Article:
Both Quebec and Ontario match the federal grant. And in both of those provinces, affordable family housing is being built.

"In the province of Ontario, co-ops are definitely disadvantaged because the provincial government wants sponsors to come to the table with some sort of asset or equity to contribute," Gazzard noted. "But they're not disfavouring family housing at all, they are doing family housing."

In response to a question about whether there might be some way to work around the provincial bias against family housing, Gazzard quipped, "If you want to open up the Constitution of Canada, yeah."

He continued, "On mainstream housing programs, the deal is the federal government is sort of the wholesale supplier of funding --- if money's on the table at all --- but the actual delivery of programs is provincial."

Making the numbers work

The Tyee co-op panel noted that if all three levels of government were to contribute, and if homeowners were empowered to contribute equity, there would be no financial limit to the amount of affordable family housing that could be created --- even in an expensive market such as Vancouver.

The rough numbers work like this: If the city puts up $50,000 worth of land and the provincial and federal governments contribute one-time capital grants of $75,000 each, that's $200,000. Match that with perhaps $275,000 in shared equity from a resident homeowner, and there is more than enough money on the table to build a new family apartment --- even in Vancouver.

The panel observed that such a subsidy for shared equity homeownership would be considerably cheaper on a per-unit basis than programs through which the government funds the entire cost of building new family housing.

Gray noted that unlike homeless housing, such a shared-equity grant program would create no long-term funding burdens for the government.

"It's a capital grant, it's a one-time shot," he said. "So there isn't an ongoing subsidy that is income-tested or whatever. It's a $200,000 grant of some kind that is held by a land trust or some kind of hybrid co-op."

Jim O'Dea suggested a change in terminology.

"I actually like the word incentive," O'Dea said. "The reason being is that government gives all these incentives to private business, to private industry, and they never call it a subsidy. So if you're helping poor people, it's a subsidy. If you're helping rich people, it's an incentive."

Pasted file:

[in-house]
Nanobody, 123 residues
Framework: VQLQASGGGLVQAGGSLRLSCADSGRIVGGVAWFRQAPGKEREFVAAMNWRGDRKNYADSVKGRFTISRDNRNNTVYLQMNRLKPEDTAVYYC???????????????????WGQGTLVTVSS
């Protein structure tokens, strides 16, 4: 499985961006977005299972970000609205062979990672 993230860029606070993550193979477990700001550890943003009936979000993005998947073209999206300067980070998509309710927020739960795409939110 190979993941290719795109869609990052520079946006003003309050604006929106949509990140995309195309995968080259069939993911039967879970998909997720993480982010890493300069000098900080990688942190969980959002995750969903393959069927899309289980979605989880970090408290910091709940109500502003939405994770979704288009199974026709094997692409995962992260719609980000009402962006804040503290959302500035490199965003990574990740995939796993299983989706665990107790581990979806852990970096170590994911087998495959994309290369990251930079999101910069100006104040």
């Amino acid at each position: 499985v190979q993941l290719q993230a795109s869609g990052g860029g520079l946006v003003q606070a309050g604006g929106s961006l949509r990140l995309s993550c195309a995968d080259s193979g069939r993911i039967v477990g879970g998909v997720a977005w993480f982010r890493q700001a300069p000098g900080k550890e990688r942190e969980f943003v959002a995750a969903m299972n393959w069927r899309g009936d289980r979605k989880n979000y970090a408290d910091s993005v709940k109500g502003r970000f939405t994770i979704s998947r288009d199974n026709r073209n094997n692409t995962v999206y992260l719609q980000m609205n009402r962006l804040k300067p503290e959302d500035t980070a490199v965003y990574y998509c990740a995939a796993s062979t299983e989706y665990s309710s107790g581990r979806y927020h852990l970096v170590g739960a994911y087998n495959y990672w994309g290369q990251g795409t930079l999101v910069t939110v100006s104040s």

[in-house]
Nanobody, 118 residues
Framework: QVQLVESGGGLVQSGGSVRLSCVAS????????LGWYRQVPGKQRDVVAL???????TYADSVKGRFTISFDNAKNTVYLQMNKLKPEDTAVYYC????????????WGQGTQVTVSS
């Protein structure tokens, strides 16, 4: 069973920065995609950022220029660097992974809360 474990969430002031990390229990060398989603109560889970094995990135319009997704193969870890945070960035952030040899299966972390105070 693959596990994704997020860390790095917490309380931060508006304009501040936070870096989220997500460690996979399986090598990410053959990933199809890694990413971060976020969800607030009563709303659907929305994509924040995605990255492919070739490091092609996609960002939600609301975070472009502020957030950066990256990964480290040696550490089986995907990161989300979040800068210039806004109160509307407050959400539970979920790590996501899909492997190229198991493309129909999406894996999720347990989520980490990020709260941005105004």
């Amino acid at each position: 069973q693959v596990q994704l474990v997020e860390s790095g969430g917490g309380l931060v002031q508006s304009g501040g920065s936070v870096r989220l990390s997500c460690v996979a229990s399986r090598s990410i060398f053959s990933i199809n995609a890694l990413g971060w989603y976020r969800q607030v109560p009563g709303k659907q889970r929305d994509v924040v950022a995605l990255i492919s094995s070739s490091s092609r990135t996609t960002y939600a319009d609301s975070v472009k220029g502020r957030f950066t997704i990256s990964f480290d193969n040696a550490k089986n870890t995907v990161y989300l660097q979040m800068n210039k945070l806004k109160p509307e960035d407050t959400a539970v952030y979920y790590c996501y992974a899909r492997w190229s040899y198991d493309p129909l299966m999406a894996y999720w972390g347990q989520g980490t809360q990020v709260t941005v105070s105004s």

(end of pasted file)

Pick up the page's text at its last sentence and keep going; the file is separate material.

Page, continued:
Gray noted that such incentives will be critical to keeping working families in Vancouver.

"This region, I think, is at risk actually in terms of its employment capacity. If it cannot accommodate families living near the downtown, this'll be a resort community," he warned.

Co-ops protect investment

Thom Armstrong, who directs the Co-op Housing Federation of B.C., noted that housing co-ops have a long track record of protecting such government investment.

"You've got to look at it from this point of view of the government," Armstrong said. "If you go back to the original federal programs, it's always been a partnership between the government and the co-op sector. The government invested in a supply of affordable housing and the co-op sector provided a government and management model that protected the asset over time."

A shared equity investment would require even greater protection, he said.

"If you've got a government investor in this scheme, that investor wants to know that the value of the asset is protected over time," Armstrong said. "And the best way, we would argue, to do that is to inject the principles of mutual self help and layer on the governance model of the co-op sector."

Gazzard stressed that while the province was a bottleneck here in Vancouver, the creation of such a shared-equity incentive program would have to begin in Ottawa.

"The persuasion has to be at the federal level, because that's the level at which the broad strpies of the programs are designed," Gazzard said. "That's where they say it's going to be a capital grants program, this is the level at which you have to match," he added.

"Politically I think that's actually potentially saleable in Ottawa. The attitude towards co-ops generally is good," he continued. "One of the main complaints you get from [the Conservative government] is that co-ops don't bootstrap -- but this [shared equity idea] gets people on to what they consider to be the right track towards independence and self help."

Tomorrow: Would fewer, larger co-ops serve homeowners better than thousands of smaller groups?  [Tyee]

Read more: Housing